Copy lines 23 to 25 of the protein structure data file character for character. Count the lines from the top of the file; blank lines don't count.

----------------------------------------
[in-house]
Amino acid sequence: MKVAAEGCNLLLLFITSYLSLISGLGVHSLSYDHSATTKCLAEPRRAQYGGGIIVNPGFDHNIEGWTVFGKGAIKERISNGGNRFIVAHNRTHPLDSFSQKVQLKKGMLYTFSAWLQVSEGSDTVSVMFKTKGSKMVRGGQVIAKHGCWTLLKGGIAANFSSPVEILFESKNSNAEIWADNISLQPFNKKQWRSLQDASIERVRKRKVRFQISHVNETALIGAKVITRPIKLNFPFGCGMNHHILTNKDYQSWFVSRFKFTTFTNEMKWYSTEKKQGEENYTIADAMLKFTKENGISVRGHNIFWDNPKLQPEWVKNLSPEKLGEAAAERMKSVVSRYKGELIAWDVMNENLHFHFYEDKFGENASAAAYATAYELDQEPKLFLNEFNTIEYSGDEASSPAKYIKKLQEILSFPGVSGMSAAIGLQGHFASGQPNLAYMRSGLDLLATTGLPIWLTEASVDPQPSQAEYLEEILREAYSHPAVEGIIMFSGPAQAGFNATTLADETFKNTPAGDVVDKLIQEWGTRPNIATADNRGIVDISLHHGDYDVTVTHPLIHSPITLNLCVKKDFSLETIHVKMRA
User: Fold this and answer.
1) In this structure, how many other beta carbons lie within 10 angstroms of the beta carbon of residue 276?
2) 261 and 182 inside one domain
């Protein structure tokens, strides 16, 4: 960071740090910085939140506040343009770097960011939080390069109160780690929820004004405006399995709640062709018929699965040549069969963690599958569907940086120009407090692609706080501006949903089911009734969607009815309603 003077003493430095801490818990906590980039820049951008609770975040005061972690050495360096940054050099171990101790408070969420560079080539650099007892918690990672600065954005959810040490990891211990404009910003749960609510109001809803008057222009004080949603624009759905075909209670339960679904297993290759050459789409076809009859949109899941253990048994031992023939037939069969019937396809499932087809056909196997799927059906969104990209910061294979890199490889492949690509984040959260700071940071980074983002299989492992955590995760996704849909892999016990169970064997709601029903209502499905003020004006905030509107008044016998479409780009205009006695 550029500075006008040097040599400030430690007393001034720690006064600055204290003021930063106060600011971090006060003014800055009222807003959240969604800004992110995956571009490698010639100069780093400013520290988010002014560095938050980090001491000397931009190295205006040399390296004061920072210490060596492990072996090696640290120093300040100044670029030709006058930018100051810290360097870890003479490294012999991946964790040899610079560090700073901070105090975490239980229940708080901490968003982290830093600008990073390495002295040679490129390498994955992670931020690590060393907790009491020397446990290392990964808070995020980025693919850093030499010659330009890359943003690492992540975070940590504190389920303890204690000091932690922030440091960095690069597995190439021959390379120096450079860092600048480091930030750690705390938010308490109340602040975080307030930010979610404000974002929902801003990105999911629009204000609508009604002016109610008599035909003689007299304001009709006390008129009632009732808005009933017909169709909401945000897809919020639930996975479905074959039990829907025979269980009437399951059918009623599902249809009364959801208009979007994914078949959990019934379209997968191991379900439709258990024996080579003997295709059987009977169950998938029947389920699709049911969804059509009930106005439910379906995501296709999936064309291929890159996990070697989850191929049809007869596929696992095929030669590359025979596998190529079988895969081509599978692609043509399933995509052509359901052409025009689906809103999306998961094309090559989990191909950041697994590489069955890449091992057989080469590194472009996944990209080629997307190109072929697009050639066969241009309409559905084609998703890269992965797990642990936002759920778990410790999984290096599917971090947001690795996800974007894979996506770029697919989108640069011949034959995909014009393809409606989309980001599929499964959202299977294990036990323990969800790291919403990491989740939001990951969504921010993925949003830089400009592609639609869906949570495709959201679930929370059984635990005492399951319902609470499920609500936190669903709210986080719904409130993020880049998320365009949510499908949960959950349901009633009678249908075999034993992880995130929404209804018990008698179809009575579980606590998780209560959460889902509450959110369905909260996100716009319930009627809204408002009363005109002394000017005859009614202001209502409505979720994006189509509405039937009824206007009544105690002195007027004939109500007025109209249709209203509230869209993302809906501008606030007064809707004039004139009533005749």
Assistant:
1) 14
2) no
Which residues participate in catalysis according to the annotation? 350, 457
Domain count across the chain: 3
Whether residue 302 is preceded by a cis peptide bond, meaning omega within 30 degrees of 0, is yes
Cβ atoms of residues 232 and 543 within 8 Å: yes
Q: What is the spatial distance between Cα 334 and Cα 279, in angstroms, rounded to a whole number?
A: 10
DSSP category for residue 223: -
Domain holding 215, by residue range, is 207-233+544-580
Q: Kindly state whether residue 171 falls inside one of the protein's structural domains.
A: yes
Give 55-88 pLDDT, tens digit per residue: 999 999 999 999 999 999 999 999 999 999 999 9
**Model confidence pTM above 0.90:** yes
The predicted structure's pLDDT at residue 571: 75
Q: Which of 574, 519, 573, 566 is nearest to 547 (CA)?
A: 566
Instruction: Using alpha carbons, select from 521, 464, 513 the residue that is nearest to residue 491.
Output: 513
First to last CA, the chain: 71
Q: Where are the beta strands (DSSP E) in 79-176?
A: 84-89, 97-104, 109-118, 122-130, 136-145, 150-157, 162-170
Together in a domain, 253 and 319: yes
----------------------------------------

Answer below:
Q: Which of 574, 519, 573, 566 is nearest to 547 (CA)?
A: 566
Instruction: Using alpha carbons, select from 521, 464, 513 the residue that is nearest to residue 491.